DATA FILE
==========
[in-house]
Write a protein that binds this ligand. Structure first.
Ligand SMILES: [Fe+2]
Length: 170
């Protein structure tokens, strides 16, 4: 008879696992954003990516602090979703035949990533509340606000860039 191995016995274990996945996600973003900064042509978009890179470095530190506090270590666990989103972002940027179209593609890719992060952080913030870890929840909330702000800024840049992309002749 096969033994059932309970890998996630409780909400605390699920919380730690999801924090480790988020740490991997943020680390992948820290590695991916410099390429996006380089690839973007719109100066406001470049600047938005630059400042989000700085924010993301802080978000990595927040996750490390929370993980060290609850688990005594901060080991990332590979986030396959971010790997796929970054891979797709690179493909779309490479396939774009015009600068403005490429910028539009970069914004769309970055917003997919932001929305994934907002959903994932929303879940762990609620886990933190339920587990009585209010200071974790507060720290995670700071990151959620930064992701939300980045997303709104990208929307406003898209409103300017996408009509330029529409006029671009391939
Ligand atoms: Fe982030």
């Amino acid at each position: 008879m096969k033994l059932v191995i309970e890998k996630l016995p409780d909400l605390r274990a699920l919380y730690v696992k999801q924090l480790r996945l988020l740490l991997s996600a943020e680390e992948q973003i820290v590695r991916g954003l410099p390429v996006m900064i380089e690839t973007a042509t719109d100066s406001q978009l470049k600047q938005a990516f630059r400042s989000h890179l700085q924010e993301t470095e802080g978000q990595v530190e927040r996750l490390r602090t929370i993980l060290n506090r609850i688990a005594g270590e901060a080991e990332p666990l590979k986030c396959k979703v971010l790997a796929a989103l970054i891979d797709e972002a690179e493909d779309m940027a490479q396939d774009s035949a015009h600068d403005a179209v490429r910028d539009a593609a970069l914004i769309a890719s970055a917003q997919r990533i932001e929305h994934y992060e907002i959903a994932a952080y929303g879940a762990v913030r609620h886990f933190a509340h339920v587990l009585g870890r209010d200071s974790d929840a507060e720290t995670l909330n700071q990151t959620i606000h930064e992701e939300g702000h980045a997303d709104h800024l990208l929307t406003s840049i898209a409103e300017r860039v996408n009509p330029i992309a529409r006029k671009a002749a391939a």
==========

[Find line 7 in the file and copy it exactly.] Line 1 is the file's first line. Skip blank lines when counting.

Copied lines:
């Amino acid at each position: 008879m096969k033994l059932v191995i309970e890998k996630l016995p409780d909400l605390r274990a699920l919380y730690v696992k999801q924090l480790r996945l988020l740490l991997s996600a943020e680390e992948q973003i820290v590695r991916g954003l410099p390429v996006m900064i380089e690839t973007a042509t719109d100066s406001q978009l470049k600047q938005a990516f630059r400042s989000h890179l700085q924010e993301t470095e802080g978000q990595v530190e927040r996750l490390r602090t929370i993980l060290n506090r609850i688990a005594g270590e901060a080991e990332p666990l590979k986030c396959k979703v971010l790997a796929a989103l970054i891979d797709e972002a690179e493909d779309m940027a490479q396939d774009s035949a015009h600068d403005a179209v490429r910028d539009a593609a970069l914004i769309a890719s970055a917003q997919r990533i932001e929305h994934y992060e907002i959903a994932a952080y929303g879940a762990v913030r609620h886990f933190a509340h339920v587990l009585g870890r209010d200071s974790d929840a507060e720290t995670l909330n700071q990151t959620i606000h930064e992701e939300g702000h980045a997303d709104h800024l990208l929307t406003s840049i898209a409103e300017r860039v996408n009509p330029i992309a529409r006029k671009a002749a391939a």